POLK COUNTY, Fla. — Thursday was graduation day for Ryan Petty. 

He completed training to become an honorary Polk County school guardian.

A chance to graduate is something his daughter Alaina Petty will never have.

"She wanted to be everybody's friend. She taught me a lot. I'm grateful for the 14 years we had with her. She was in the ROTC program so I think she'd be really proud of my shooting score," Petty said.

Alaina was one of 17 people killed in the attack at Marjory Stoneman Douglas High School.

"I've got memories. I've got this wrist band. But the best way to honor Alaina is to make sure this doesn't happen to anyone else. That's what she'd want me to do," he said.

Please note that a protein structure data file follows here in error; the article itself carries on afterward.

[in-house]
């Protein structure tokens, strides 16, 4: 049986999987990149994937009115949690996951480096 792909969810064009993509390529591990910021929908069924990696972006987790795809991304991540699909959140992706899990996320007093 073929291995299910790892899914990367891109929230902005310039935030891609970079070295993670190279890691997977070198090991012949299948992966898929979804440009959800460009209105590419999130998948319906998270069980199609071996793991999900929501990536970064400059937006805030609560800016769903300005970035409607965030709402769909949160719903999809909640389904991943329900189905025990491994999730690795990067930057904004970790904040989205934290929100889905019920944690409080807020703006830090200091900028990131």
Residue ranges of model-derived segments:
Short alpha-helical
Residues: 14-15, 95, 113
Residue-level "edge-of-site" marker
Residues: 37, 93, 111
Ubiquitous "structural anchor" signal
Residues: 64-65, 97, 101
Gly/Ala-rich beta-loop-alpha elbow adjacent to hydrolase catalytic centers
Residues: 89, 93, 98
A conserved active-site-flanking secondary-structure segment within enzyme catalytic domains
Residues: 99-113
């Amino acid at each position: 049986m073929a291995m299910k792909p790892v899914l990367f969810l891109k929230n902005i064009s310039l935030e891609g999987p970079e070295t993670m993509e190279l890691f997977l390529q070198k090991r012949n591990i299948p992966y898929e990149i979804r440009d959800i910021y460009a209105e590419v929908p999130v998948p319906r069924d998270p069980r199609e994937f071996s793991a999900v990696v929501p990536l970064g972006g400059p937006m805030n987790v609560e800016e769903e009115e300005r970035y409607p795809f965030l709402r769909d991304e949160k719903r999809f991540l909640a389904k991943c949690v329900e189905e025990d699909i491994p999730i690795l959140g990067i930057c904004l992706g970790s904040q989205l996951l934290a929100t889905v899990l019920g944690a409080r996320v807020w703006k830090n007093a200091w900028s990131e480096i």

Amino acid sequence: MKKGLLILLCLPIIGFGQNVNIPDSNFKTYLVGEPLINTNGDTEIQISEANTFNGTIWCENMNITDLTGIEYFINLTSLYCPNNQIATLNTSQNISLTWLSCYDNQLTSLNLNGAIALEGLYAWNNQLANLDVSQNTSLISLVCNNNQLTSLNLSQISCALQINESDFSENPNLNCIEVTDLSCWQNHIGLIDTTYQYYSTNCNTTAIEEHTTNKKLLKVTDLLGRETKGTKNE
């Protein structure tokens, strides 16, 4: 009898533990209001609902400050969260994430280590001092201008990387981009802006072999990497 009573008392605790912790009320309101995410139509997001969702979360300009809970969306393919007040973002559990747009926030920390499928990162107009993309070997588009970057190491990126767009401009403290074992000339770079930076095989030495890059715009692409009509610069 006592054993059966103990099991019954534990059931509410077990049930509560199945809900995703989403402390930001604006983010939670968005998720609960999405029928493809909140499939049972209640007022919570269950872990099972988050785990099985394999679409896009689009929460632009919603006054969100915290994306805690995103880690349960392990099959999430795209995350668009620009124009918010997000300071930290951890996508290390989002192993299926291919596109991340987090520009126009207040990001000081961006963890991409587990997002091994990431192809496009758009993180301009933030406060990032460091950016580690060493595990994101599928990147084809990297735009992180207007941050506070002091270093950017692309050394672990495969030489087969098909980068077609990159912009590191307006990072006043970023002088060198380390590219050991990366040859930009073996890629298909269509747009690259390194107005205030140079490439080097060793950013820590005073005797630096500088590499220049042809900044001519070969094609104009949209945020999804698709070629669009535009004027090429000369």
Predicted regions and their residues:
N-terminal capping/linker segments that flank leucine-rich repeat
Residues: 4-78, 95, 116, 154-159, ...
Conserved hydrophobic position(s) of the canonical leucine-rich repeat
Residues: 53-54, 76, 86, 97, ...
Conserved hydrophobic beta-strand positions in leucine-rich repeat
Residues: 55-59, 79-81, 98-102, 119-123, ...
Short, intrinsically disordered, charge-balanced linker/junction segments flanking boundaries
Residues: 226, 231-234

Petty's friend Andrew Pollack also lost a daughter that day.

"Multiple people failed our daughters," Pollack said.

More: Remembering the victims and the movement for student safety one year after Parkland shooting

He's here as more than just moral support for Petty, though. Pollack has pushed for the Guardian Program since the start.

"We got this bill passed in Tallahassee, and we can see it now, it's saving lives," he said.

The idea is arming teachers and administrators who pass a special training program. The new legislation has been met with equally vocal critics, who don't think meeting guns with more guns is the answer to stopping violence in Florida schools.

Related: Florida could expand law that allows armed teachers

Pollack and Petty say these guardians will save lives and have strong words for the people who are pushing back.

"They didn't have a  daughter in that school that was praying for her life and no one came to save her," he told 10 News.

What other people are reading right now:

Make it easy to keep up-to-date with more stories like this. Download the 10News app now.

Have a news tip? Email desk@wtsp.com, or visit our Facebook page or Twitter feed.